Tag: Lincoln

By on July 15, 2019

Until the refresh of the Cadillac Escalade arrives, you want the Lincoln Navigator if you need a premium American battle tank. It’s a Raptor-powered beast of a cruiser, and Lincoln is keeping it fresh for the 2020 model year by offering a new appearance package and more standard tech.

Starting with the visuals, there is now a Monochromatic Appearance Package for the Navigator. If you don’t like chrome, and this author doesn’t, then this is a box you’ll want to check. Yes, there’s still some chrome, it is a Navigator after all. But the Monochromatic Package on the Reserve series offers three different colors to “showcase the bold lines” of the Navigator.

(Read More…)

By on June 20, 2019

J.D. Power’s 2019 Initial Quality Study (IQS) shows industry-wide problems per 100 vehicles (PP100) failing to improve for the first time since 2014. Genesis, Kia, and Hyundai take the top three spots, improving on their 2018 results, while 18 of the 32 brands studied declined.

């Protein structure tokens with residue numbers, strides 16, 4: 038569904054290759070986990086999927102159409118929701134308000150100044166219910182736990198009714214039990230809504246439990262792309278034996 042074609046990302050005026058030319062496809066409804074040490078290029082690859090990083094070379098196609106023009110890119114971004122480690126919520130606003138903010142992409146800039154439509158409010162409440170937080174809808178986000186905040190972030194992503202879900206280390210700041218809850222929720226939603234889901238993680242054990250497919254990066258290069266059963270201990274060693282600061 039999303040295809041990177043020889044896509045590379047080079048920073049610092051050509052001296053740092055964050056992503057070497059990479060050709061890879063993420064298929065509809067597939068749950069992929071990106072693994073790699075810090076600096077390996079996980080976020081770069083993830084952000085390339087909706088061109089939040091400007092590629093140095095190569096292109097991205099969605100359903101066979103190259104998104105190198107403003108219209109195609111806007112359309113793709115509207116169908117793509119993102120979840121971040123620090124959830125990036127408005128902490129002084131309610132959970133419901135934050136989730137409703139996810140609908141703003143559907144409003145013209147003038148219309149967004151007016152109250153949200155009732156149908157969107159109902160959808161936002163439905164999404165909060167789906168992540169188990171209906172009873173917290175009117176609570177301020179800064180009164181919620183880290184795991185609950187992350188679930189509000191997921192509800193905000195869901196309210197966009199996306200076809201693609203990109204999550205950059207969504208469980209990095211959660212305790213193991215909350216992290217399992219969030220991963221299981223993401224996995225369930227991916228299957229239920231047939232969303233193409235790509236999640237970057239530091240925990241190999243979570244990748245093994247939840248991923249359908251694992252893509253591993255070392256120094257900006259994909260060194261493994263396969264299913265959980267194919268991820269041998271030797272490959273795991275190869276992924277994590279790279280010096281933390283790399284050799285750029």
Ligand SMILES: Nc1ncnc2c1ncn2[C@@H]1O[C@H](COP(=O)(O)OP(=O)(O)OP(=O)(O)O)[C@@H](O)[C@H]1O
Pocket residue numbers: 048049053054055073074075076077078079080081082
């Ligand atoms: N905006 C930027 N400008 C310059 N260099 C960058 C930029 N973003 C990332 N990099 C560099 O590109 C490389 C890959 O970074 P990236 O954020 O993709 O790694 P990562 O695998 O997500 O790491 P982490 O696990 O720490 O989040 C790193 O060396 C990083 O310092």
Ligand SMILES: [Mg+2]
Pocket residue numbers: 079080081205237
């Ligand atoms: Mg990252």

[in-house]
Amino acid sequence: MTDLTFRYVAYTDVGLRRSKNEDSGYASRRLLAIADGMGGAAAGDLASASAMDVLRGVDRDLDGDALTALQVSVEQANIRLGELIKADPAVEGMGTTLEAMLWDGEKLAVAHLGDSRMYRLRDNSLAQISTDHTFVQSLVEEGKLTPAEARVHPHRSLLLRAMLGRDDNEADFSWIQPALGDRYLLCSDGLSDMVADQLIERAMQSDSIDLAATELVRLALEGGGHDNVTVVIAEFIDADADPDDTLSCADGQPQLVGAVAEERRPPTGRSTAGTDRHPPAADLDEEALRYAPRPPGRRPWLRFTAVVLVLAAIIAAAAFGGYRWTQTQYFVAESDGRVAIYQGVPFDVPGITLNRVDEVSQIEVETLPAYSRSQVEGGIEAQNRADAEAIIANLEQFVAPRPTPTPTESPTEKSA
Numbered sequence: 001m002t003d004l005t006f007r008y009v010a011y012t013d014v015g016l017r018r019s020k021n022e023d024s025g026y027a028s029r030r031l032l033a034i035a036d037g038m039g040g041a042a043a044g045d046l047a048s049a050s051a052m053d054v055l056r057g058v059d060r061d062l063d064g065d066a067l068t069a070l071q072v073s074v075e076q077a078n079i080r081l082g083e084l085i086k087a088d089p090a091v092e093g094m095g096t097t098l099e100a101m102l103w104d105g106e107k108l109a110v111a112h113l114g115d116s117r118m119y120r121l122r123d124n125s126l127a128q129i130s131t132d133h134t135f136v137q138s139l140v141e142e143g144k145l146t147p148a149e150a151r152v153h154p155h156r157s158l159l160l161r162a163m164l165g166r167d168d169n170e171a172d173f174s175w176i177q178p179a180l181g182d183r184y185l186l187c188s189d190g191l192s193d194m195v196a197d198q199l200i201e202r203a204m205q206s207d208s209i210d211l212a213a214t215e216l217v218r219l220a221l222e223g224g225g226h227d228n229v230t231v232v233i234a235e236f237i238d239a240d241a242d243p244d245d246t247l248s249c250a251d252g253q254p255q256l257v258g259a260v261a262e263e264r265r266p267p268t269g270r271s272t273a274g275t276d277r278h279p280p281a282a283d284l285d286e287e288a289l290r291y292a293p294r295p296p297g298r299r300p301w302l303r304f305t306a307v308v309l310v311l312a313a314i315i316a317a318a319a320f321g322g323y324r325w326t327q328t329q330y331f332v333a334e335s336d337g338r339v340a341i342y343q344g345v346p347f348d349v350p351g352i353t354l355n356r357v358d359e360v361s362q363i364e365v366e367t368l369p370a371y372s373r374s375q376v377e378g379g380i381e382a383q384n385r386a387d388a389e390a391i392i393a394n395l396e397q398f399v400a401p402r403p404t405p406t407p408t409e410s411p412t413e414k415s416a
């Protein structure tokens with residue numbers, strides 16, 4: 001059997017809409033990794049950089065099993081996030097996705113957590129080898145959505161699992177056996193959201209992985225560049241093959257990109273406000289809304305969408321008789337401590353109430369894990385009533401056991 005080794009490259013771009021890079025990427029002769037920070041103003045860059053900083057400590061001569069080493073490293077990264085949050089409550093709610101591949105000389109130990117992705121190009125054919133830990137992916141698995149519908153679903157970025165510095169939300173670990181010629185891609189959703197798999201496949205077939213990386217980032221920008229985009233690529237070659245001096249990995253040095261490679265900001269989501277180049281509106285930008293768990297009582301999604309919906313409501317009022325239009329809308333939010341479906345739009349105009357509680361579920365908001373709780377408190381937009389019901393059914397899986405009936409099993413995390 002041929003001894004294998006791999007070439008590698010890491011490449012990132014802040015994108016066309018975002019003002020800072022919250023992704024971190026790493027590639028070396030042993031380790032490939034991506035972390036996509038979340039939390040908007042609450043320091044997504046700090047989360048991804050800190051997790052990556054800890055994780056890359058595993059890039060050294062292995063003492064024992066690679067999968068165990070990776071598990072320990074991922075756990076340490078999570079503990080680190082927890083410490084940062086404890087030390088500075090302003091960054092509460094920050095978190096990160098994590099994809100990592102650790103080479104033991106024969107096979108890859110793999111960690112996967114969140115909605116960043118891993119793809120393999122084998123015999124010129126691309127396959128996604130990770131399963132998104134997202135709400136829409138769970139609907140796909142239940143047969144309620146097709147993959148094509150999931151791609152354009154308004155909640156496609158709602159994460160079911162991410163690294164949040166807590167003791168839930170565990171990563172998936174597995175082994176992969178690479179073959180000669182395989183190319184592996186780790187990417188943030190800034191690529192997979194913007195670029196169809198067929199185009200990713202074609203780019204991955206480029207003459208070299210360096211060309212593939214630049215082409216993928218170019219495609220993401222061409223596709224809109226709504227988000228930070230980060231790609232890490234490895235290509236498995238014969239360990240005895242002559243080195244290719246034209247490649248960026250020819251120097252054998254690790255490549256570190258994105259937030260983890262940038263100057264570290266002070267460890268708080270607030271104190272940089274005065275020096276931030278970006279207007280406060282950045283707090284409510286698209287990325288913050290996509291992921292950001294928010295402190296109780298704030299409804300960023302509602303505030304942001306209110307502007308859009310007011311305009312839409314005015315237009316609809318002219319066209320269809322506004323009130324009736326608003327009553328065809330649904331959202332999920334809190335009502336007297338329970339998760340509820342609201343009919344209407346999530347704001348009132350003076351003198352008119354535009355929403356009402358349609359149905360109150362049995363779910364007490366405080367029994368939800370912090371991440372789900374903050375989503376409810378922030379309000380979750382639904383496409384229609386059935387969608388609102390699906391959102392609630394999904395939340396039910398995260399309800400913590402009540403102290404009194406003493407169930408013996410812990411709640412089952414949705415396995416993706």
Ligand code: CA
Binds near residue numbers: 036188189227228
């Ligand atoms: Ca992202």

Hyundai Motor Group’s brands continue their trend of increasing their advantage over their competitors. The Genesis brand improved from 68 to 63 PP100, Kia from 72 to 70 PP100, and Hyundai from 74 to 71 PP100. Ford and Lincoln round out the top five with 83 and 84 PPH, respectively. Land Rover is most-improved over 2018, improving by 37 PP100, but they still sit second from last in the study at 123 PP100. (Read More…)

By on June 14, 2019

Lincoln Motor Company

That didn’t take long. After six years spent crafting the design language of Lincoln’s growing stable of vehicles, design director David Woodhouse abruptly resigned earlier this week. The 50-year-old’s connection with parent Ford Motor Company was a long one — 20 years, since his days at Ford’s Premier Automotive Group.

The mystery as to where Woodhouse would land next is over. On Friday, Nissan announced the former Lincoln designer will go to town on the next generation of the brand’s vehicles. (Read More…)

By on June 12, 2019